After wandering around and taking way too many pictures of buildings we settled on eating at a Mexican restaurant that calls a beautiful historic bank building home. It was also the only place in town open for dine in eating. But lucky for us it tuned out to be quite good. Part of me was thrilled to get to eat inside such a gorgeous building and happy that the building was in use. And part of my was a little disappointed in the repairs which involved a lot of dropped ceilings and zebra hides tacked up the walls. It’s always an adventure isn’t it.


After dinner we returned to our room for the night and the next day we headed off to Ashland Oregon for our next adventure. I would have loved to visit this town when things weren’t quite so shut down, but in travel things are never exactly how you expect. So it’s always important to enjoy what ever adventure comes your way. I still had a great time exploring Klamath Falls Oregon during a pandemic.





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Horseback Riding Through Oregon’s Wine Country

Horseback riding through Oregon’s wine country is not something I ever really thought I would end up doing, but as it turns out it is the best way to go wine tasting. As long as you don’t drink so much you can’t stay on your horse.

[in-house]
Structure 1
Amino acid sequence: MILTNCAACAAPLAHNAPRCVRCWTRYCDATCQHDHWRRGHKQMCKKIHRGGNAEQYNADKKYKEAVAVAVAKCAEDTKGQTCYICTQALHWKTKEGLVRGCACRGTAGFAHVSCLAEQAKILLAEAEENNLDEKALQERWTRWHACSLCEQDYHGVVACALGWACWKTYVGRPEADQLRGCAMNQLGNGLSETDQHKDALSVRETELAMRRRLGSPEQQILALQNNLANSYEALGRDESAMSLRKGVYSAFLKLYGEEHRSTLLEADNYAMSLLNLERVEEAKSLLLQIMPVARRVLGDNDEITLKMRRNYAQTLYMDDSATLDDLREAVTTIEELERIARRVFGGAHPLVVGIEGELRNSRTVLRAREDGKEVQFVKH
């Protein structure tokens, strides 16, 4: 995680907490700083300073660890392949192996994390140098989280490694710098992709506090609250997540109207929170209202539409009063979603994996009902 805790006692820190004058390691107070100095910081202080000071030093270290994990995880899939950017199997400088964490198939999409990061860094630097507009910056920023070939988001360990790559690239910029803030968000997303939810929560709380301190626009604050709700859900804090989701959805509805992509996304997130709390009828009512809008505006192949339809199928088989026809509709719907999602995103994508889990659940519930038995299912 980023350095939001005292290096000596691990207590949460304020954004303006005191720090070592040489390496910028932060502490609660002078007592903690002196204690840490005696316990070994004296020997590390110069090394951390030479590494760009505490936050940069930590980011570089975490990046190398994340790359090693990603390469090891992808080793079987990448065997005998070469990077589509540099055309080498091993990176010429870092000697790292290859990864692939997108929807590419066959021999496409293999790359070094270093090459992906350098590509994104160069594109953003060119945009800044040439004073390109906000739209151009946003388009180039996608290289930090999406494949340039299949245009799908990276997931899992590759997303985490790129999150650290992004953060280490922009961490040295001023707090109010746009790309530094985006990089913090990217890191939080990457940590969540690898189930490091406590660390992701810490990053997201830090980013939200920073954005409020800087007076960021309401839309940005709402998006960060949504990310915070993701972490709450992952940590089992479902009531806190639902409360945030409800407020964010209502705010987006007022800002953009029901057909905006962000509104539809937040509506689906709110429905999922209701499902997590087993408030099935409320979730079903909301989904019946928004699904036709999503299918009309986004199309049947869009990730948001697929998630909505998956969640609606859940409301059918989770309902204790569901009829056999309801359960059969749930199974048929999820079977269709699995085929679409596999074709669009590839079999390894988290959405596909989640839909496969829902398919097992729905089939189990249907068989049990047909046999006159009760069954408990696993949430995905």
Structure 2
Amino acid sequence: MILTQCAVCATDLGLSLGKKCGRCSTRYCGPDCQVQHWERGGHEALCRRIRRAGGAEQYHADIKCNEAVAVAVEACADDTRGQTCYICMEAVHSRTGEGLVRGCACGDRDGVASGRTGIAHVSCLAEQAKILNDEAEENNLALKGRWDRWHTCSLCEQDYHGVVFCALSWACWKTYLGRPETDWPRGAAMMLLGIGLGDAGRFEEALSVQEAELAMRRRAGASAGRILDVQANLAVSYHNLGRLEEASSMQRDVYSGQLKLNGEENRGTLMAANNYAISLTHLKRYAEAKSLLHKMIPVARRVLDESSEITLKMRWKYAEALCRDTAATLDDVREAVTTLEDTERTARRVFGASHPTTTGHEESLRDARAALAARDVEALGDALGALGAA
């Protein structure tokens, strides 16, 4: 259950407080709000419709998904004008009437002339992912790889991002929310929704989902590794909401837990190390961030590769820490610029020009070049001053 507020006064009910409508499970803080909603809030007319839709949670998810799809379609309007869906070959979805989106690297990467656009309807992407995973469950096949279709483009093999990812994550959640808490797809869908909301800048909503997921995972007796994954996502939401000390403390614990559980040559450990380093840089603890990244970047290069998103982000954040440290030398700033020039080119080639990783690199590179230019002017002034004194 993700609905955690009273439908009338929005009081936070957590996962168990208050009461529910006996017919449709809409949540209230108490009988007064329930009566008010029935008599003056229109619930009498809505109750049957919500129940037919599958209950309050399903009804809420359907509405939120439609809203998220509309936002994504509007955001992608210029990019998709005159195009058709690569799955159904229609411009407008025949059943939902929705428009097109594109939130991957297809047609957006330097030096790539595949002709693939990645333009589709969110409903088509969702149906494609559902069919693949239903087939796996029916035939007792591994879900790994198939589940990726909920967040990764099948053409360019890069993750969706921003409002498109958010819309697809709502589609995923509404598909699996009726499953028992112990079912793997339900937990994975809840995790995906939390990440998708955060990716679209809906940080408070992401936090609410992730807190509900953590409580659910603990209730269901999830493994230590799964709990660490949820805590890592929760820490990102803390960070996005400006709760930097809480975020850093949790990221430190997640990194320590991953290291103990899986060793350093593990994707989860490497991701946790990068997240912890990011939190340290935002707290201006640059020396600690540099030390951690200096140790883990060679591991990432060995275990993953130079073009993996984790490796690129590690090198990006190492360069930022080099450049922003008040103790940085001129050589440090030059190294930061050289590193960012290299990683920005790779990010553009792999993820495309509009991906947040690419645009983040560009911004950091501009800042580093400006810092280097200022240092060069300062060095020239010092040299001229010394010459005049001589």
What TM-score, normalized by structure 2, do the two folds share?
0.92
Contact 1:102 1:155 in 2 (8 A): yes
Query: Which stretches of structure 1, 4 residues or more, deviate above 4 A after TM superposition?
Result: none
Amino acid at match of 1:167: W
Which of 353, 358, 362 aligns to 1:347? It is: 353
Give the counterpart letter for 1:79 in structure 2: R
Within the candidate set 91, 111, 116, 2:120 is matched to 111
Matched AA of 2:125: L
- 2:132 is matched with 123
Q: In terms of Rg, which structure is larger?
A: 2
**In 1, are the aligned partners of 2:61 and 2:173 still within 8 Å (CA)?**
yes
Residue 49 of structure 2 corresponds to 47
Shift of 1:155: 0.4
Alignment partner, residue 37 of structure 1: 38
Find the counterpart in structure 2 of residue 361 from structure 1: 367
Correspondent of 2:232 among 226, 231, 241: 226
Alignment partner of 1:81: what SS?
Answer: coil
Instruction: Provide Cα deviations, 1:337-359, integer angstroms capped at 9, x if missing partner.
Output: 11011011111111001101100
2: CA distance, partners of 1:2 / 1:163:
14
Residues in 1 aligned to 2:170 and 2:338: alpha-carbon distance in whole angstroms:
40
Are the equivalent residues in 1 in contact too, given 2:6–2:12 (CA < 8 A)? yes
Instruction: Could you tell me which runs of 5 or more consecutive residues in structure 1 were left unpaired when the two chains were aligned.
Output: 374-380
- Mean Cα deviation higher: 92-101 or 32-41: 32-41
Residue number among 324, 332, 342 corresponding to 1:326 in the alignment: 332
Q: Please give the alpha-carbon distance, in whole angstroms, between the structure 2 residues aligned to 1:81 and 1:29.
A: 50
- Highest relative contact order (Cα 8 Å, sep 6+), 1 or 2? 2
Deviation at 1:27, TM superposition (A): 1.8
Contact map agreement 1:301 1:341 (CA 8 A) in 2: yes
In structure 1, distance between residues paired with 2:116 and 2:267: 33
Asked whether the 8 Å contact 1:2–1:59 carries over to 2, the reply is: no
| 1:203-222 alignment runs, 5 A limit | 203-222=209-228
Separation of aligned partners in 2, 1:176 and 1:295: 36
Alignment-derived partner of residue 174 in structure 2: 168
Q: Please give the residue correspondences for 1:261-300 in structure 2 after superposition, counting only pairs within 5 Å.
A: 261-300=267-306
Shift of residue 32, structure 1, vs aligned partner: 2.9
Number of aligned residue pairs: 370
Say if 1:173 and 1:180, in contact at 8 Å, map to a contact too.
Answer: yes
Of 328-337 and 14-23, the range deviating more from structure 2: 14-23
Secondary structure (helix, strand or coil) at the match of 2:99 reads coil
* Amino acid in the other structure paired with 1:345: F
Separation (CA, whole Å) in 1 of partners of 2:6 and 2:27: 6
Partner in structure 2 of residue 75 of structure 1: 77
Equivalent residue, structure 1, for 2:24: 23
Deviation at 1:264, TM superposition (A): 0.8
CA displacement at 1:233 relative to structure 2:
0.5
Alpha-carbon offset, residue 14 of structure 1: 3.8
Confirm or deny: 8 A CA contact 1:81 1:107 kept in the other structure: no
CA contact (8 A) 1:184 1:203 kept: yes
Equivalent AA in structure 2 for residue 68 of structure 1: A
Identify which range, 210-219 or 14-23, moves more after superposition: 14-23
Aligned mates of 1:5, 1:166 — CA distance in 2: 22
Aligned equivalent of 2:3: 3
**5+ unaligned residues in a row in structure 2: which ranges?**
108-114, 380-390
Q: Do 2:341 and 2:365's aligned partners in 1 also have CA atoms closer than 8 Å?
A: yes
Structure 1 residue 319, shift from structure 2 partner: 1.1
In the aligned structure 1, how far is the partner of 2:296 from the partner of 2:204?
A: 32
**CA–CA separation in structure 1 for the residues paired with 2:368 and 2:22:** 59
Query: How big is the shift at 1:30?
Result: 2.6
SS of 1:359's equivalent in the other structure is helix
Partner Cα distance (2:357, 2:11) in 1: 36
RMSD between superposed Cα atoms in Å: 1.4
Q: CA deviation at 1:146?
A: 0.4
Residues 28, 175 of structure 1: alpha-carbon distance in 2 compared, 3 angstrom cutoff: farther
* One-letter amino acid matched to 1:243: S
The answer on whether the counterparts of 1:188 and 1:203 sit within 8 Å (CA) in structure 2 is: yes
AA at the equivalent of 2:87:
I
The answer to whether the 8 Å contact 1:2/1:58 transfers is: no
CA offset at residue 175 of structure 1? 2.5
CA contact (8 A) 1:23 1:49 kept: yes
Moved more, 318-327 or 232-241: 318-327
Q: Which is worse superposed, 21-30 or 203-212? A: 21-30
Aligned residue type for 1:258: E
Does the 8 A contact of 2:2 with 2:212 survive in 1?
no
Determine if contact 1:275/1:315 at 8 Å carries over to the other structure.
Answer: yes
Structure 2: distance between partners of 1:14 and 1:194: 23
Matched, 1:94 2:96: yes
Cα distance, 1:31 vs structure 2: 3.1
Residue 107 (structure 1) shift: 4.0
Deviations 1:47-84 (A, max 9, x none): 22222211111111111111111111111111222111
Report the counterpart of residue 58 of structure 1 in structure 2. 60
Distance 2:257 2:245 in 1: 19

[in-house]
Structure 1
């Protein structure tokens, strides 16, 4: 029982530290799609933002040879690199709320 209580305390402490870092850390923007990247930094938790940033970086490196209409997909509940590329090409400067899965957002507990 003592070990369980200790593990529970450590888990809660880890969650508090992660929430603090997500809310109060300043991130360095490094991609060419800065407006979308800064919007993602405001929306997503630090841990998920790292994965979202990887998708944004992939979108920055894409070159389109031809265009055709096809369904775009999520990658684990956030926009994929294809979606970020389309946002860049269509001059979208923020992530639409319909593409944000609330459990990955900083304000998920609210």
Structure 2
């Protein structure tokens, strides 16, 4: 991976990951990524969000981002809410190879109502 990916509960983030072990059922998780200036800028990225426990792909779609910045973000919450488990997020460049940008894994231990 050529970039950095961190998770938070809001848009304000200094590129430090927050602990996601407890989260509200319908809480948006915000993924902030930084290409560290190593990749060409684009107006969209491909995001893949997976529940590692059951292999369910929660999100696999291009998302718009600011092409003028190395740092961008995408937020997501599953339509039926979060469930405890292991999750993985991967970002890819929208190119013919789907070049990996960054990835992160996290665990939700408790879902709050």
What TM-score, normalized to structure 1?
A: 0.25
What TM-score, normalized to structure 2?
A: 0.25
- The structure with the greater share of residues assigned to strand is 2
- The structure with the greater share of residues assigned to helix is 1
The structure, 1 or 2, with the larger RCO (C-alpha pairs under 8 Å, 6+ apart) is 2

Horseback Riding Through Oregon’s Wine Country – Locations
To ride horseback and taste wine you do need to book a tour. I am sure there are some regulations somewhere that would allow you to BYOH (bring your own horse) but I have zero information on that and lets be honest that is probably extremely difficult to coordinate between local land owners, tasting rooms, locating places to tie up your horse while you are inside and just general traffic laws of the area.

We chose to take the Dundee Hills tour through Equestrian Wine Tours . Our tour was only about 3 hours total, which was perfect for a newer rider. But if you are experienced and looking for a full vacation trip then it looks like these folks offer 5 day tours in the Oregon area, as well as many other destinations around the world. If Dundee Hills isn’t what you are looking for there are tours here offered in the Hood River Area which is quite stunning.

Horseback Riding Through Oregon’s Wine Country – Dundee Hills